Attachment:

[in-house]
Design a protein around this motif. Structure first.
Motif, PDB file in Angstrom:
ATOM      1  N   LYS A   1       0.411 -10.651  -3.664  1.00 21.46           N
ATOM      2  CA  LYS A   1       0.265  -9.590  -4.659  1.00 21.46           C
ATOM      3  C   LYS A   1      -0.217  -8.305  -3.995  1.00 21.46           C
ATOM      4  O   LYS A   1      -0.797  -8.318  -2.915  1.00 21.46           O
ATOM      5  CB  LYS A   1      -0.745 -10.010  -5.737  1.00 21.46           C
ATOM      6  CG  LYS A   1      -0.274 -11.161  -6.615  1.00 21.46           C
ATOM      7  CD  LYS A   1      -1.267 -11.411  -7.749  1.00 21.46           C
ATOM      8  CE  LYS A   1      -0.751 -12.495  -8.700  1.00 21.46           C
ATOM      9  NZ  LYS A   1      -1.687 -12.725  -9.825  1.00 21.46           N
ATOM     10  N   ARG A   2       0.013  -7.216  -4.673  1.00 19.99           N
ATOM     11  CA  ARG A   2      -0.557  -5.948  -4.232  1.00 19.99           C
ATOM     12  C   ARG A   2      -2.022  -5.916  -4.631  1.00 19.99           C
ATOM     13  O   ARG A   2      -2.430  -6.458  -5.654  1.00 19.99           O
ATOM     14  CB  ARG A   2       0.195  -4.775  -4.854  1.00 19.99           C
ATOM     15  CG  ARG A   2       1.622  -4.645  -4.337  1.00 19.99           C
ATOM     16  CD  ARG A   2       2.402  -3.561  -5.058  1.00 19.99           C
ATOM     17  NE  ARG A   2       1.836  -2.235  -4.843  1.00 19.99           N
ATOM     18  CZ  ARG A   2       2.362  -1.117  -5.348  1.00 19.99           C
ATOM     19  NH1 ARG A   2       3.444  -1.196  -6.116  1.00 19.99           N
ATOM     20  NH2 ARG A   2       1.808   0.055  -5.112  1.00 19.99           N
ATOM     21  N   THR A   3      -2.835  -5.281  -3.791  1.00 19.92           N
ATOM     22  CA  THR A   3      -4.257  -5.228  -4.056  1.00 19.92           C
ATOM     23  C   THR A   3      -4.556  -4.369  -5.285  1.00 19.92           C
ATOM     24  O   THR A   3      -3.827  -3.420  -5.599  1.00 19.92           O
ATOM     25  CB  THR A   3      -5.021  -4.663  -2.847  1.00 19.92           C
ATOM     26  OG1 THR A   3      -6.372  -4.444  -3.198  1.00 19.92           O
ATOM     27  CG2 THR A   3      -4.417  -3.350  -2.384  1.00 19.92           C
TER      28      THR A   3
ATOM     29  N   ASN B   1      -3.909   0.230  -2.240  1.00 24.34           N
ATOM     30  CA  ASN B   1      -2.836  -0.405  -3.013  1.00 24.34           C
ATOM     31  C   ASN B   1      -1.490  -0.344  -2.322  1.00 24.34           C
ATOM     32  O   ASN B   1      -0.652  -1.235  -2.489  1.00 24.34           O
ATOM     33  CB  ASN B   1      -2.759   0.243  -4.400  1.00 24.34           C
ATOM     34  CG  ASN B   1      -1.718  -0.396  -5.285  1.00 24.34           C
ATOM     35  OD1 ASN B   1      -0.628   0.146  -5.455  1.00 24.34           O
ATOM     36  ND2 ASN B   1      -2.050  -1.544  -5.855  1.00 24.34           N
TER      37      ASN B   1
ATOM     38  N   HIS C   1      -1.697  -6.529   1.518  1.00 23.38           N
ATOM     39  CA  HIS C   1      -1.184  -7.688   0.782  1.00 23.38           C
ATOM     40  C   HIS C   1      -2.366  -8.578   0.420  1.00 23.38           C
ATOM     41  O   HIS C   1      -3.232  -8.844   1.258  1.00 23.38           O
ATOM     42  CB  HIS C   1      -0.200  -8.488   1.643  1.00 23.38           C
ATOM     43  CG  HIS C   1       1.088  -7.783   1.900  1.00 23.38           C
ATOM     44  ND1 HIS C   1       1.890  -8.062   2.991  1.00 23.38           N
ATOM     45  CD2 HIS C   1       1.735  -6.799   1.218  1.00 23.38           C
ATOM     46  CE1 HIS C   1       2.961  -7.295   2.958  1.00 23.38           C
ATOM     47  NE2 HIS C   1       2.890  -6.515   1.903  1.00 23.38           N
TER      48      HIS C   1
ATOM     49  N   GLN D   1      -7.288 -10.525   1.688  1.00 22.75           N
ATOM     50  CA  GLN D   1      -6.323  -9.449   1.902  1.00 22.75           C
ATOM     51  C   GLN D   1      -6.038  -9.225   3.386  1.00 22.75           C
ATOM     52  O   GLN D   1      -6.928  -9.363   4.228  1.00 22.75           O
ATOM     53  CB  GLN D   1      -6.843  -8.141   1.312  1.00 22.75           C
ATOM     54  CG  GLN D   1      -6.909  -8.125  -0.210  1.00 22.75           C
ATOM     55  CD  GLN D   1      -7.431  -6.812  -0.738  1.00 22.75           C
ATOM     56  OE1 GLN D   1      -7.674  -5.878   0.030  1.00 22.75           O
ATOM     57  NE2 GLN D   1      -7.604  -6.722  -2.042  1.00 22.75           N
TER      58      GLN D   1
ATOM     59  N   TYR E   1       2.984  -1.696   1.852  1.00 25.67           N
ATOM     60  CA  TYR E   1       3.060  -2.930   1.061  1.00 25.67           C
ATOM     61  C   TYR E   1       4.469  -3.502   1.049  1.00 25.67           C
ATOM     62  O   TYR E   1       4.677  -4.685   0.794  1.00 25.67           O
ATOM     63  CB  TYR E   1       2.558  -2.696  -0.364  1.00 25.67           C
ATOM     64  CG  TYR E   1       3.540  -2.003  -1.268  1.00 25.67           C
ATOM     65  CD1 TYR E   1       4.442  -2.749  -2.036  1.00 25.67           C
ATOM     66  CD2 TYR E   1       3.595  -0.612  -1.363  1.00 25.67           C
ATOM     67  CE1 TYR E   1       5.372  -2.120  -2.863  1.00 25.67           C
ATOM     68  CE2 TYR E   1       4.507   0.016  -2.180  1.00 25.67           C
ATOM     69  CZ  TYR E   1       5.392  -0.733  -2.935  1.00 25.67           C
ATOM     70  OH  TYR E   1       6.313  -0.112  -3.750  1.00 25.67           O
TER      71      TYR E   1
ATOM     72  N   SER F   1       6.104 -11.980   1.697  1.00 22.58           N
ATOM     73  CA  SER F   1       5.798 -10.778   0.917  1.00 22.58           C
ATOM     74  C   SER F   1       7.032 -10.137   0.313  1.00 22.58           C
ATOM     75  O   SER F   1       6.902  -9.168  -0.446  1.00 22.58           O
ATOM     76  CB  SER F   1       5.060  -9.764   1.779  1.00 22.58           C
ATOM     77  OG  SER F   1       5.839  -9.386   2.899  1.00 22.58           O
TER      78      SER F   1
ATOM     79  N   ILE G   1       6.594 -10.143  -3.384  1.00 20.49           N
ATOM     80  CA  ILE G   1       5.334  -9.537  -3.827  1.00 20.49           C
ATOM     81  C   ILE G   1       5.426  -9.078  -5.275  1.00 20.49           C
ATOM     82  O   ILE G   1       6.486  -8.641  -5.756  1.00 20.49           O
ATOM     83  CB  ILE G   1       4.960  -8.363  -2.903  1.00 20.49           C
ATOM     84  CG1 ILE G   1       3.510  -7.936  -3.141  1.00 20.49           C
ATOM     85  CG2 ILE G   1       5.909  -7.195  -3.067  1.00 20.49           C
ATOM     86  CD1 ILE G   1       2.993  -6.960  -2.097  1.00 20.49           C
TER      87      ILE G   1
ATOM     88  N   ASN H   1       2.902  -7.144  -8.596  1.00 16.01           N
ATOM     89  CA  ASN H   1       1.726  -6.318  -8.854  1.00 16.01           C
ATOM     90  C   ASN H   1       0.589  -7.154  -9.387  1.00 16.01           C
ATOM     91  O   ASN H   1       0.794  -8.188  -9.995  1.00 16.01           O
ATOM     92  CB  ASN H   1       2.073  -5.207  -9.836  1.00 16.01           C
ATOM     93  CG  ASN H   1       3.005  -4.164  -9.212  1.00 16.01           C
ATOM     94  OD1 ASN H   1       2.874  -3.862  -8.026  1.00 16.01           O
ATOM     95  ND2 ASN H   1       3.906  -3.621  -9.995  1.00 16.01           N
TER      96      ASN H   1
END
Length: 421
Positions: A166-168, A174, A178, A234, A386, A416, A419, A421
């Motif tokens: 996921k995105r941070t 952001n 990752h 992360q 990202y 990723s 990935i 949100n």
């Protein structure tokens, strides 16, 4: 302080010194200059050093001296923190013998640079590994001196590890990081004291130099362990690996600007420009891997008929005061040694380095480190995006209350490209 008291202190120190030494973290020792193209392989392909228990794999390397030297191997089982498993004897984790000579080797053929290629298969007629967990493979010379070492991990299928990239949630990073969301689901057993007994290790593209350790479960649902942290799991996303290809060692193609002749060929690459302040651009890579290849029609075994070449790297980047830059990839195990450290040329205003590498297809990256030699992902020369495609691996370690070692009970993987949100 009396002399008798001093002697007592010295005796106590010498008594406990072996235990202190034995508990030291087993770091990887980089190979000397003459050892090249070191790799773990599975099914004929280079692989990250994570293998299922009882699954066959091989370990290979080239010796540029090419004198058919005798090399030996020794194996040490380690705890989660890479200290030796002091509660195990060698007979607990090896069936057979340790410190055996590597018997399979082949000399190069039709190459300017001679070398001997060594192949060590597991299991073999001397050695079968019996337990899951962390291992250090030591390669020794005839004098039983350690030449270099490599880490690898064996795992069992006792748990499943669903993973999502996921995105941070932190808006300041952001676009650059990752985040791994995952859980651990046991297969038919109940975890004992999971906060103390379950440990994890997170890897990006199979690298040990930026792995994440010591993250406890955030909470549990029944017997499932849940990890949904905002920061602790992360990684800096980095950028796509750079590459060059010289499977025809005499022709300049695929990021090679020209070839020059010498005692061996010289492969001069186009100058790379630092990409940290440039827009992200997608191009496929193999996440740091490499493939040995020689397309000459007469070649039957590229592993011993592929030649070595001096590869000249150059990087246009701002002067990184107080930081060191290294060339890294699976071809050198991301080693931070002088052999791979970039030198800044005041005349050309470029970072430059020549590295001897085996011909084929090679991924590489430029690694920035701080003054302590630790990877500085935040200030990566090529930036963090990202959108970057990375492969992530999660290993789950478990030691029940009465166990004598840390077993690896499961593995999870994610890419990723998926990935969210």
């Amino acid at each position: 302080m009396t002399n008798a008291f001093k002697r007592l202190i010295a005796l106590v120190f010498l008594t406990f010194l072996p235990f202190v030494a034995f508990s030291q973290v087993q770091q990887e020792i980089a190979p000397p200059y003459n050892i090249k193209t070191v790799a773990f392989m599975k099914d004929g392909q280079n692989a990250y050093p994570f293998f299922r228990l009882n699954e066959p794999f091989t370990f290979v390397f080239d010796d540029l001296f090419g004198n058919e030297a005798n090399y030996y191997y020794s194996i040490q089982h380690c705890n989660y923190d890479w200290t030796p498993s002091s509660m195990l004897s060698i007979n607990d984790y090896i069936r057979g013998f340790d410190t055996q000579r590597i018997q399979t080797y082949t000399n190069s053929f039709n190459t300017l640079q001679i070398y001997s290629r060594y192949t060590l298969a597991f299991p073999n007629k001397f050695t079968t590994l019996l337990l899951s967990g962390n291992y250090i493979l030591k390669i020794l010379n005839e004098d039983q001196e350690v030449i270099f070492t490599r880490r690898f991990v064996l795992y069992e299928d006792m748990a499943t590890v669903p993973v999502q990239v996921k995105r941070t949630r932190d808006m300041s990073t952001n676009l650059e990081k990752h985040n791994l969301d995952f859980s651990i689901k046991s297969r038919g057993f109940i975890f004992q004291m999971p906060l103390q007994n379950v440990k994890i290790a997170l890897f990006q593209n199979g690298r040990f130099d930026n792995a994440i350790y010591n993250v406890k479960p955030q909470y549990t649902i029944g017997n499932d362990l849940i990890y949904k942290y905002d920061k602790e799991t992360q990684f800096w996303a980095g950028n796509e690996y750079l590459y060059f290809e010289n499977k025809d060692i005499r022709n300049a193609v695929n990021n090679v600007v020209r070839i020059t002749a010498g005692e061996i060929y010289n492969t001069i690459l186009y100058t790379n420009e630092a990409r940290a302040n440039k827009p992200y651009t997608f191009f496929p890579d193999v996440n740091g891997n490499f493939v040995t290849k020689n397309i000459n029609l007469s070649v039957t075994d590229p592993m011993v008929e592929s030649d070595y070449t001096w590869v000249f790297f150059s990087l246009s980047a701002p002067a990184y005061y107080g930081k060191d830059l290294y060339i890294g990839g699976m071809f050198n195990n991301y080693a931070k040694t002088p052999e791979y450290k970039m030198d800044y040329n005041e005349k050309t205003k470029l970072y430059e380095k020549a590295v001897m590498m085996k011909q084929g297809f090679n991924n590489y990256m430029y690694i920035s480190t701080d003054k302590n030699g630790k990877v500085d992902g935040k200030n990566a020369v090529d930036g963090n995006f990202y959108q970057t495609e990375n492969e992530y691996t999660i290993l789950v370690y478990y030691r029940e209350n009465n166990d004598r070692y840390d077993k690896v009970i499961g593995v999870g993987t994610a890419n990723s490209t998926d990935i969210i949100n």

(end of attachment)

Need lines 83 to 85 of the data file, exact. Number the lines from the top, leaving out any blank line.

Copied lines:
ATOM     80  CA  ILE G   1       5.334  -9.537  -3.827  1.00 20.49           C
ATOM     81  C   ILE G   1       5.426  -9.078  -5.275  1.00 20.49           C
ATOM     82  O   ILE G   1       6.486  -8.641  -5.756  1.00 20.49           O